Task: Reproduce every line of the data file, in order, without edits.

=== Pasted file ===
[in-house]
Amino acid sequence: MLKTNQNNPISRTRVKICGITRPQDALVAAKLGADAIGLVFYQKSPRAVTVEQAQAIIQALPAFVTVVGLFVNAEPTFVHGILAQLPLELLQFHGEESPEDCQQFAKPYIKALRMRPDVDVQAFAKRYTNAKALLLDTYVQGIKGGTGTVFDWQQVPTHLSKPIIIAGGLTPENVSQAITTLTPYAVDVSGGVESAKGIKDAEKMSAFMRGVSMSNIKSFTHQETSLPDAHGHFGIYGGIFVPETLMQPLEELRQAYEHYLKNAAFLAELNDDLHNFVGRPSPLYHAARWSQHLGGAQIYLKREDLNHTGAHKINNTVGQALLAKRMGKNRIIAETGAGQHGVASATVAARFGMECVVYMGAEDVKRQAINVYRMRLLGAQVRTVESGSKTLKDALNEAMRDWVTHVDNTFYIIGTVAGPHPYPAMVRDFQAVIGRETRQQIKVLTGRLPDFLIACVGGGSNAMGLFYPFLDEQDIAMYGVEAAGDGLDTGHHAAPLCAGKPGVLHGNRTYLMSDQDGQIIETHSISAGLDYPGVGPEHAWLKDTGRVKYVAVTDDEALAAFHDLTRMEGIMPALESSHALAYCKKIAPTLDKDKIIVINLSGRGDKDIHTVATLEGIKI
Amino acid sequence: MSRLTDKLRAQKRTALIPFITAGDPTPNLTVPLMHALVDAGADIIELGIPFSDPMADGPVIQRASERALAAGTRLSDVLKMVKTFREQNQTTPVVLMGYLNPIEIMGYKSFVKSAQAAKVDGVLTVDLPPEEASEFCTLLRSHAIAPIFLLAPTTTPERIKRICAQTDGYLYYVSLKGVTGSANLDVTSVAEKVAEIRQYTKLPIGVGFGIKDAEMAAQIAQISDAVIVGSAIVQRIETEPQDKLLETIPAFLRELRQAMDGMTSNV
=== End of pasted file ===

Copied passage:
[in-house]
Amino acid sequence: MLKTNQNNPISRTRVKICGITRPQDALVAAKLGADAIGLVFYQKSPRAVTVEQAQAIIQALPAFVTVVGLFVNAEPTFVHGILAQLPLELLQFHGEESPEDCQQFAKPYIKALRMRPDVDVQAFAKRYTNAKALLLDTYVQGIKGGTGTVFDWQQVPTHLSKPIIIAGGLTPENVSQAITTLTPYAVDVSGGVESAKGIKDAEKMSAFMRGVSMSNIKSFTHQETSLPDAHGHFGIYGGIFVPETLMQPLEELRQAYEHYLKNAAFLAELNDDLHNFVGRPSPLYHAARWSQHLGGAQIYLKREDLNHTGAHKINNTVGQALLAKRMGKNRIIAETGAGQHGVASATVAARFGMECVVYMGAEDVKRQAINVYRMRLLGAQVRTVESGSKTLKDALNEAMRDWVTHVDNTFYIIGTVAGPHPYPAMVRDFQAVIGRETRQQIKVLTGRLPDFLIACVGGGSNAMGLFYPFLDEQDIAMYGVEAAGDGLDTGHHAAPLCAGKPGVLHGNRTYLMSDQDGQIIETHSISAGLDYPGVGPEHAWLKDTGRVKYVAVTDDEALAAFHDLTRMEGIMPALESSHALAYCKKIAPTLDKDKIIVINLSGRGDKDIHTVATLEGIKI
Amino acid sequence: MSRLTDKLRAQKRTALIPFITAGDPTPNLTVPLMHALVDAGADIIELGIPFSDPMADGPVIQRASERALAAGTRLSDVLKMVKTFREQNQTTPVVLMGYLNPIEIMGYKSFVKSAQAAKVDGVLTVDLPPEEASEFCTLLRSHAIAPIFLLAPTTTPERIKRICAQTDGYLYYVSLKGVTGSANLDVTSVAEKVAEIRQYTKLPIGVGFGIKDAEMAAQIAQISDAVIVGSAIVQRIETEPQDKLLETIPAFLRELRQAMDGMTSNV